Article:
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 John Allyn Berryman

John Allyn Berryman

Birth
McAlester, Pittsburg County, Oklahoma, USA
Death 7 Jan 1972 (aged 57)
Minneapolis, Hennepin County, Minnesota, USA
Burial Mendota Heights, Dakota County, Minnesota, USA
Plot Section 60, Block 34, Grave 107
Memorial ID 90 · View Source
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American Confessional Poet, Pulitzer Prize Winner. He is best known for his poetic works "The Dream Songs," which often revolved around the sordid details of his personal problems. Born John Allyn Smith in McAlester, Oklahoma, his father was a banker and his mother a schoolteacher. When he was 10, his family moved to Tampa, Florida, and his father committed suicide two years later. The tragic event would haunt him for the rest of his life. His mother remarried another banker whose last name was Berryman and they moved to New York City, New York, and he took his stepfather's surname. He attended the South Kent Boarding School in South Kent, Connecticut, and enrolled at Columbia College (now Columbia University) in New York City, New York, where he studied under literary scholar Mark Van Doren. While at Columbia, he was awarded a Kellett Fellowship and studied overseas at Clare College in Cambridge, England for two years. After graduating from Columbia in 1936, he began publishing his poetic works, with "Poems" (1942), and "The Dispossessed" (1948). In 1950 he published a biography of the fiction writer Stephen Crane, which was followed by his next book of poems "Homage to Mistress Bradstreet" (1956), his first major work which brought him relative success. He taught or lectured at a number of universities including University of Iowa, Harvard, Princeton, University of Cincinnati, and the University of Minnesota, where he spent the majority of his career, except for his sabbatical in 1962 through 1963 where he taught at Brown University. His poetic breakthrough came in 1964 with the publication of "77 Dream Songs," which won the Pulitzer Prize for Poetry in 1965 and solidified his standing as one of the most important poets of the post-World War II generation. In 1967 he was elected as a Fellow of the American Academy of Arts and Sciences. In 1968 he published his sequel to "77 Dream Songs" called "His Toy, His Dream, His Rest," which won the National Book Award for Poetry and the Bollinger Prize. In 1969 he republished "77 Dream Songs" and "His Toy, His Dream, His Rest" into one book called "The Dream Songs." His last two volumes of poetry, "Love and Fame" (1970) and "Delusions, Etc." (1972), which were considered by some to be inferior to his poems in "The Dream Songs" because of their straight-forwardness and less idiosyncratic. He lived a turbulent life, having been married and divorced three times, and he suffered from alcohol abuse as he struggled with his depression, which ultimately led to his suicide in Minneapolis, Minnesota, when he jumped from the Washington Avenue Bridge into the Mississippi River.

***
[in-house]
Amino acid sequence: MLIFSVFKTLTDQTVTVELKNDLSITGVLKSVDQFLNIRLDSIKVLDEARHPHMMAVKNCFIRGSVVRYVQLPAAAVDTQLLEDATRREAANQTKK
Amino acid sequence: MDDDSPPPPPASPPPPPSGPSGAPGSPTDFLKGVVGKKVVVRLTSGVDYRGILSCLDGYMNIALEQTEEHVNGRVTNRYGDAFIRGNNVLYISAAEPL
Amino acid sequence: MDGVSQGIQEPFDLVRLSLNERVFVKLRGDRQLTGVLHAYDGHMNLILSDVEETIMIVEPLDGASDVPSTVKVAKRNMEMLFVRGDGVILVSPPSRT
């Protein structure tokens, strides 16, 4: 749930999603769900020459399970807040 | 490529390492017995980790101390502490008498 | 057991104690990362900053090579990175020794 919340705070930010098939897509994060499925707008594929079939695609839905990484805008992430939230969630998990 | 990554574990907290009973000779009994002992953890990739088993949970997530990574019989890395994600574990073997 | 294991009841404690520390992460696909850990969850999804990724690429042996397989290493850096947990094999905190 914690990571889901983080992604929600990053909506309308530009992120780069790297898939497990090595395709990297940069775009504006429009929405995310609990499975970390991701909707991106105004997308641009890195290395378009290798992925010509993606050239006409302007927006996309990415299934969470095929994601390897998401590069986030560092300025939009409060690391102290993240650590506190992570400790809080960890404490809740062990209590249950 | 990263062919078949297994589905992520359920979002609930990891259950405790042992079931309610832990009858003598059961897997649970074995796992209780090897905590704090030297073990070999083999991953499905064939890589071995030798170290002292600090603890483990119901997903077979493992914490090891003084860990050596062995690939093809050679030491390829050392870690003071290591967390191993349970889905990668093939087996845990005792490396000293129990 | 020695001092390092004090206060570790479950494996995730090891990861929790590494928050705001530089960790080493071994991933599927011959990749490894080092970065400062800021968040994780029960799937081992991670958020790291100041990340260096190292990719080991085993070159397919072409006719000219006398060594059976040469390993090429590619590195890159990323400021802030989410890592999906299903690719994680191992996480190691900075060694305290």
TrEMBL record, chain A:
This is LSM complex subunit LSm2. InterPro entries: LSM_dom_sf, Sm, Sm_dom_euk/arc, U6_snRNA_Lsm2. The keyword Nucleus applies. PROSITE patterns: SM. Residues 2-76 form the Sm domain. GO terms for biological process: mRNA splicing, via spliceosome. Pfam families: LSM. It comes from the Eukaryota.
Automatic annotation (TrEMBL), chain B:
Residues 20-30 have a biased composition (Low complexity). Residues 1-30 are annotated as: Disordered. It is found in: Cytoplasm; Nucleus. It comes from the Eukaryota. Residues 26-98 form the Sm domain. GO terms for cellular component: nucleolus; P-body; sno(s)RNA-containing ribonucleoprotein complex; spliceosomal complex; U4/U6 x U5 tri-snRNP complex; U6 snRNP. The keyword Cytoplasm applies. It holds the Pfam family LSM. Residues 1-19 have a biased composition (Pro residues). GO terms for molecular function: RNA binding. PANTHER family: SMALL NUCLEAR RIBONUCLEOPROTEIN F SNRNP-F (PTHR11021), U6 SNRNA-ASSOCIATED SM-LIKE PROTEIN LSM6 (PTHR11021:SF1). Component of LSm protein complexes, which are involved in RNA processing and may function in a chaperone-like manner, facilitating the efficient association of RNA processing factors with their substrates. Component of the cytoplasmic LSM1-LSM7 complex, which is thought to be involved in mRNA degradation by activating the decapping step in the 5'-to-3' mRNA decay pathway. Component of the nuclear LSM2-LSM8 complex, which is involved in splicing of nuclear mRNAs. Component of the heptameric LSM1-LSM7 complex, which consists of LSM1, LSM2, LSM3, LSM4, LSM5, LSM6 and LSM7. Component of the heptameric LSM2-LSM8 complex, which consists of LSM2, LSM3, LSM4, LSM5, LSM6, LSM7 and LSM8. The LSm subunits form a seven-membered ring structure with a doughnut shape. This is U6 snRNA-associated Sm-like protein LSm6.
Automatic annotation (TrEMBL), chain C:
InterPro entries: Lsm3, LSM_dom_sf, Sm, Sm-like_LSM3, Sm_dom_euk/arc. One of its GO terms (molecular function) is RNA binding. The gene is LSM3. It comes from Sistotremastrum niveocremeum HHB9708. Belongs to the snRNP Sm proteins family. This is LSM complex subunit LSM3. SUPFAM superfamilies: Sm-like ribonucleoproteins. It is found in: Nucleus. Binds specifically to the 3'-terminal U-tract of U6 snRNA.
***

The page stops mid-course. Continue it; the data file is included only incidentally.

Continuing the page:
Bio by: William Bjornstad


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  • Maintained by: Find A Grave
  • Added: 1 Jan 2001
  • Find A Grave Memorial 90
  • Find A Grave, database and images (https://www.findagrave.com : accessed ), memorial page for John Allyn Berryman (25 Oct 1914–7 Jan 1972), Find A Grave Memorial no. 90, citing Resurrection Cemetery, Mendota Heights, Dakota County, Minnesota, USA ; Maintained by Find A Grave .